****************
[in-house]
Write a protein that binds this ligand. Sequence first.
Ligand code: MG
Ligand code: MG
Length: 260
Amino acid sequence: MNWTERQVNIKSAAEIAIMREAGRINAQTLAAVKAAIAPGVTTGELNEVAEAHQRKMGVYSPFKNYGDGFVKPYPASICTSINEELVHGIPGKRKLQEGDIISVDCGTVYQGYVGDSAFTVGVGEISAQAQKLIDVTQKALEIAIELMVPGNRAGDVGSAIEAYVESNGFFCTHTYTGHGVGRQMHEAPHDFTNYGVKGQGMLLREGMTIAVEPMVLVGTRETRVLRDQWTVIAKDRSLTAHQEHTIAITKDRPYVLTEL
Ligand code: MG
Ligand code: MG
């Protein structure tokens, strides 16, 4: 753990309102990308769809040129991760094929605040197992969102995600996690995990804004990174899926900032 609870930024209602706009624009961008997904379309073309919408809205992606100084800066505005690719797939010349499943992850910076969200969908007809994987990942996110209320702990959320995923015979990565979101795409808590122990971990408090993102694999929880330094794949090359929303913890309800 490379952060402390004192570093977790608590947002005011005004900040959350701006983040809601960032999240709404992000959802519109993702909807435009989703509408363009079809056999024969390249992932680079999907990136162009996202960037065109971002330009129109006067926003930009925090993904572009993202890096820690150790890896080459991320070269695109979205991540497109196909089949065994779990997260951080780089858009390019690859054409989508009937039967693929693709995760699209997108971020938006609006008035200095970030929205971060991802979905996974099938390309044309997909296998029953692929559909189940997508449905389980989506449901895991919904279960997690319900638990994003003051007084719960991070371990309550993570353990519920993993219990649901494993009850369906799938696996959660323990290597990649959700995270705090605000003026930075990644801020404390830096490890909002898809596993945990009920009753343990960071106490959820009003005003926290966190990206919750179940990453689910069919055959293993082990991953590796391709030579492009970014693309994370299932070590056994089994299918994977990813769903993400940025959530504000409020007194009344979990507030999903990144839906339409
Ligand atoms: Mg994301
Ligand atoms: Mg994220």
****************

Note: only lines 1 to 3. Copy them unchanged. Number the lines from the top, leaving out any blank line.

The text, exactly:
[in-house]
Write a protein that binds this ligand. Sequence first.
Ligand code: MG